The upper air pattern, which drives the movement of air masses and weather systems, will feature a significant onshore orientation of the jet stream in to the Pacific Northwest, a drop southeastward on to the central and southern Plains, with a curl back then to the northeast and into southeastern Canada via the Ohio Valley and Midwest. This in turn should allow rather dominate ridges of high pressure aloft to set-up in the southwestern and southeastern U.S.
As a result, look for warmer- than-average weather in parts of the Southwest and West, as well as far across the southeastern U.S.
Meanwhile, temperatures will average below-normal to occasionally well-below normal throughout the nation's heartland and at times across the Northeast and New England. A wide-range of temperatures will be from the Pacific Northwest to much of the Corn Belt.
Active precipitation pattern
The precipitation outlook for early to mid-spring suggests an active pattern for the northern and central Plains, the Midwest, the Great Lakes region, the Northeast, New England and the mid-Atlantic region. Storminess is forecast to build early in the season the Pacific Northwest. Drier-than-usual weather is forecast across much of the Southwest, the central and southern Rockies and parts of the Deep South.
Specifically, across the Pacific Northwest, the northern Rockies and south throughout the inter-Mountain West and Southwest, outbreaks of cold-wave weather will be on the wane early in the season. Temperatures will show an upwards trends toward moderation later in the spring season. As for precipitation, above to well-above normal amounts are expected through mid-Spring in the Northwest and northern Rockies as a dry pattern tightens its hold in the Southwest. At least adequate levels of run-off moisture should finally materialize.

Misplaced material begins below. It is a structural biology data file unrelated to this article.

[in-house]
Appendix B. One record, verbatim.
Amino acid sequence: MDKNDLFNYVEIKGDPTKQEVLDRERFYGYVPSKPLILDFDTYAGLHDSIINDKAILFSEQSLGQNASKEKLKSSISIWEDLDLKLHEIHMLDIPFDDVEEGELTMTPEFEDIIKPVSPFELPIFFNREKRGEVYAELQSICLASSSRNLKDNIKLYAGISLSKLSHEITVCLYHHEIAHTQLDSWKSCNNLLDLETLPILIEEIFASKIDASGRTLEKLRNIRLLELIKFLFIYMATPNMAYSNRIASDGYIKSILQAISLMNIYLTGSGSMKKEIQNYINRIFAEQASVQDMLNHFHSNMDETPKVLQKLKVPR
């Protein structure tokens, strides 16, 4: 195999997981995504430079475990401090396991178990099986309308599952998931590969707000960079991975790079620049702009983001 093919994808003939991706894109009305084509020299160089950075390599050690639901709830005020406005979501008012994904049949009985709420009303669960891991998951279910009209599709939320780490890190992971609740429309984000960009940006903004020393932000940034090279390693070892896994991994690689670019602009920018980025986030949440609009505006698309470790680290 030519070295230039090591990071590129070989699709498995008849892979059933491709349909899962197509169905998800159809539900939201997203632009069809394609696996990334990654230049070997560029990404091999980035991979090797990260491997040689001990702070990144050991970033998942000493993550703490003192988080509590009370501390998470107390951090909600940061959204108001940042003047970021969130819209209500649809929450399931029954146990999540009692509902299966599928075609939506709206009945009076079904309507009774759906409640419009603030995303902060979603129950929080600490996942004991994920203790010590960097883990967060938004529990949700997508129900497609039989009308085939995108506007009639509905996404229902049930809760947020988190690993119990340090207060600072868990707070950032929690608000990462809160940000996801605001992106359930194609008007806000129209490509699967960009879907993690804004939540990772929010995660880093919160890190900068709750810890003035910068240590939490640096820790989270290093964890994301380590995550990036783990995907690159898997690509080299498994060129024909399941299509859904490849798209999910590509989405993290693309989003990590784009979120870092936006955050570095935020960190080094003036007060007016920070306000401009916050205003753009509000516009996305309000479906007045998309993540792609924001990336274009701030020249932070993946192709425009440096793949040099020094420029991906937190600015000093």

As for the Dakotas, Minnesota and points southward through the central Plains, a cold, active (wet) pattern will continue into mid-Spring. However, while there will be bouts of more seasonal temperatures, these will be few and far between, and most likely will occur from the lower Missouri Valley, and points southwestward. A higher than average frequency of severe weather outbreaks are expected on southern and eastern areas of the Plains. Do look for a drier late spring weather pattern except from the Missouri Valley, and areas northward as storm systems continue to frequent the region. Late-season snow cover and average to above-average amounts of precipitation may lead to low-land flooding and spring fieldwork delays. One benefit of this will be a steady and beneficial rise on regional steams and rives and their associated water sheds.
Continued wide swings
Elsewhere across the nation, it was a winter season of wide-ranging temperatures, as well as precipitation patterns across the Deep South, Southeast and mid-Atlantic region; and from Texas eastward through the mid-South and southeastern U.S. There's more of this to come, too.